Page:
In April 2016, EU and Indonesian leaders announced the conclusion of pre-negotiation discussions (scoping) designed to enable the launch of negotiations for a so-called Comprehensive Economic Partnership Agreement (CEPA), more commonly known as a Free-Trade Agreement (FTA). If realised, the CEPA between the EU and Indonesia will be a trade agreement with a potentially impressive scale, creating a combined market of more than 750 million consumers. The economies of the EU and Indonesia are quite complementary as regards trade in goods and services, and therefore the potential benefits of concluding a CEPA are proportionally larger. An FTA between the EU and Indonesia would provide for a more stable, balanced and long-term framework to enhance trade and investment relations between the EU and Indonesia. A study published by the reputable Indonesian institute, the CSIS, in May 2015, assessed the potential gains from concluding a CEPA between the EU and Indonesia. If the CEPA manages to eliminate tariffs on all goods, the annual quantities that the EU will import from Indonesia could increase by 5.4 % when compared to their current value — an increase equivalent to an additional USD 1.1 billion. In addition to pure trade creation effects, the study also points to other potential benefits.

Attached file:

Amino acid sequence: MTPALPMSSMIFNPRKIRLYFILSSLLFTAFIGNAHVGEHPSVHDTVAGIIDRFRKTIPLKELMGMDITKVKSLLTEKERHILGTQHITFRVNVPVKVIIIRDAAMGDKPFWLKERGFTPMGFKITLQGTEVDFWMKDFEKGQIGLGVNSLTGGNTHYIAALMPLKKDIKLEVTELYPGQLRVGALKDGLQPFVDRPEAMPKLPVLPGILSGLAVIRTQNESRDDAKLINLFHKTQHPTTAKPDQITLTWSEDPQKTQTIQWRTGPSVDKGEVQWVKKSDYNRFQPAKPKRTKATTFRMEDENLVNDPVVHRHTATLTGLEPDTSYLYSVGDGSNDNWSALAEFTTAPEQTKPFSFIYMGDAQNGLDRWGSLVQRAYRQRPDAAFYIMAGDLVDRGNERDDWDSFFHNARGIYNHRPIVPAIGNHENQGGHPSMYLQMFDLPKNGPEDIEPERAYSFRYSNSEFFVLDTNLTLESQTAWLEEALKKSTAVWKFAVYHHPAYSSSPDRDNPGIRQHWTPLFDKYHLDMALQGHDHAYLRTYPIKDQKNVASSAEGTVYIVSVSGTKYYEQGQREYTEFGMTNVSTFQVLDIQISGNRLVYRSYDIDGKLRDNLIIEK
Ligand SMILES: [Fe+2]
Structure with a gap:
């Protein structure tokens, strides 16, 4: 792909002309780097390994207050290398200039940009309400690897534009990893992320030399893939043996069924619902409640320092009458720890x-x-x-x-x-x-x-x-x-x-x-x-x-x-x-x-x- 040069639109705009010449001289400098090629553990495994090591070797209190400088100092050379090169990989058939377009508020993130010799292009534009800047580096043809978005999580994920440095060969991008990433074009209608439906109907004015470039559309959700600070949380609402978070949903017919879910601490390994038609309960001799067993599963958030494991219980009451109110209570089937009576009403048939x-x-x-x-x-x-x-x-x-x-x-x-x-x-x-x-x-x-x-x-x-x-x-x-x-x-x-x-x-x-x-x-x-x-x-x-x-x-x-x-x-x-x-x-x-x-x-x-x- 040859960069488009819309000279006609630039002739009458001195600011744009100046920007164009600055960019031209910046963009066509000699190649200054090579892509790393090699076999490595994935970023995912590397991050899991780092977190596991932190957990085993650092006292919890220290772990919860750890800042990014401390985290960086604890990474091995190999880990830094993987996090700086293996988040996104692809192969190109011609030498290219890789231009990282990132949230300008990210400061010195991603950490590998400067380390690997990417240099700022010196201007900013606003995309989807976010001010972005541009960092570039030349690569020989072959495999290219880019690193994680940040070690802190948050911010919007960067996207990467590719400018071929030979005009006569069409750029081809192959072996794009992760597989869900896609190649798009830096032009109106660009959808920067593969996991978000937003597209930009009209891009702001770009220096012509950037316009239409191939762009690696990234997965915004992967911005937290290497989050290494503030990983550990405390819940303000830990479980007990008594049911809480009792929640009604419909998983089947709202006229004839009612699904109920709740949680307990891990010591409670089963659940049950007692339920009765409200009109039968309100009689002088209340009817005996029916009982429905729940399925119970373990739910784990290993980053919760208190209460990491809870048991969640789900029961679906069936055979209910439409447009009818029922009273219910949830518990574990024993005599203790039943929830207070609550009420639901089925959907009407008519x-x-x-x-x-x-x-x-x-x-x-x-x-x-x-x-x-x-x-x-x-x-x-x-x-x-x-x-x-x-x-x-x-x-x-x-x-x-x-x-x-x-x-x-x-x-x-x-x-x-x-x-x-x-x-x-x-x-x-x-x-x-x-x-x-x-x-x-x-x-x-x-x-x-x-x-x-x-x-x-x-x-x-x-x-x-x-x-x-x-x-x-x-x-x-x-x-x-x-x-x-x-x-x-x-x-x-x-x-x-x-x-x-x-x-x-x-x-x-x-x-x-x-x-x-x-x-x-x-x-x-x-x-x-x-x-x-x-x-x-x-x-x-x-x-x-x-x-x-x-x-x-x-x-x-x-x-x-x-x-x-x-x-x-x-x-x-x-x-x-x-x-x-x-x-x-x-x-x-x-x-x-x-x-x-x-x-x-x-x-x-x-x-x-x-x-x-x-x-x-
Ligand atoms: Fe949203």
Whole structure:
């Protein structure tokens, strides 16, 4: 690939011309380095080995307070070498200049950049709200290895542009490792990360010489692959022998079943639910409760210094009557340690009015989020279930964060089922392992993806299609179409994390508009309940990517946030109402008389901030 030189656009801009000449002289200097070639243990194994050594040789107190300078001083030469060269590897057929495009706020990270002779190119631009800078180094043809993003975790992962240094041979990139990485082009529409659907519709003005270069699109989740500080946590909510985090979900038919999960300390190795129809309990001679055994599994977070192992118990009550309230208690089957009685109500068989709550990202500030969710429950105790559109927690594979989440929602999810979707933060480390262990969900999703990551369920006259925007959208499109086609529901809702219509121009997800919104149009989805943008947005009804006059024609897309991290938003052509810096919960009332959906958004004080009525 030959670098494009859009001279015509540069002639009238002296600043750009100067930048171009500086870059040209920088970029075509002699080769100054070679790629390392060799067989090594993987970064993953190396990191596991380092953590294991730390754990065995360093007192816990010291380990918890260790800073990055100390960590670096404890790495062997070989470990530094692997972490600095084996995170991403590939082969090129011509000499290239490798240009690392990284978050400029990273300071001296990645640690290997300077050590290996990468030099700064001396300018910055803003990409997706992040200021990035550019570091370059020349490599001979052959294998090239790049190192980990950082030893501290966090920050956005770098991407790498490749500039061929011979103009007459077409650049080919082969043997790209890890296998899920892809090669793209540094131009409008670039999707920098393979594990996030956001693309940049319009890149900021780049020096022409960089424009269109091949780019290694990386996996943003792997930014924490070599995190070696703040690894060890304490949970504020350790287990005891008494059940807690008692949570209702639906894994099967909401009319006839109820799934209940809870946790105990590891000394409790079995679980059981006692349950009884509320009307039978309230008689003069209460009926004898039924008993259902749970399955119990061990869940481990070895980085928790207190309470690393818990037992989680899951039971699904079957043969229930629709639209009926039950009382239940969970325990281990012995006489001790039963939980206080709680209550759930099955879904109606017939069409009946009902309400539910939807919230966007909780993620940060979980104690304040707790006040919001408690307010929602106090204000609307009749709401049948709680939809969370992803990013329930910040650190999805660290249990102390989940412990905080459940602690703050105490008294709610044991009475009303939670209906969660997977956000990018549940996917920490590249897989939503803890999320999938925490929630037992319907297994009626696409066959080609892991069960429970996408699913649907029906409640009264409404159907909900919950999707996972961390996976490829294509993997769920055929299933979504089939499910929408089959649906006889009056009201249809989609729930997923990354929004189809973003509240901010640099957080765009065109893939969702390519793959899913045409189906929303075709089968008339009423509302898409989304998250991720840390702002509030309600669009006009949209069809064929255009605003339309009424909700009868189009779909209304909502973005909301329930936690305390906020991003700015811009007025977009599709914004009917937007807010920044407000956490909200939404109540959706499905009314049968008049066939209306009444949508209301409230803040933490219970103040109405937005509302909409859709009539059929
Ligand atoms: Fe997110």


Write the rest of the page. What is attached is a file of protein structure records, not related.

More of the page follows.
The EU supports Indonesia with a range of projects designed to assist integration into the international trade system. The EU-Indonesia Trade Cooperation Facility (TCF), a four-year €12.5 million project, which began in 2013, aims to strengthen the capacity of government institutions to improve the trade and investment climate. Similarly, the EU-Indonesia Trade Support Programme II (TSP2), which ran from 2011 to 2015 with EU funding of €15 million, has helped improve Indonesia’s Export Quality Infrastructure significantly. Other smaller grant programmes have involved key civil society organisations in trade and investment. Four co-funded ACTIVE projects have focused on different areas related to sustainable forestry management, preparation for trade agreements, support for EU-Indonesia business dialogues and government-business negotiations at national and provincial level. In addition, through the Instrument for Cooperation with industrialised and high-income countries and territories (ICI+), the EU aims to facilitate market access for European companies in Indonesia and ASEAN, in particular small and medium-sized enterprises (SMEs). Two initiatives with Eurocham and the EU-Indonesia Business Network, and with the different European Chambers of Commerce in Indonesia, provide advocacy and business support services and raise awareness of the potential of the Indonesian market in Europe.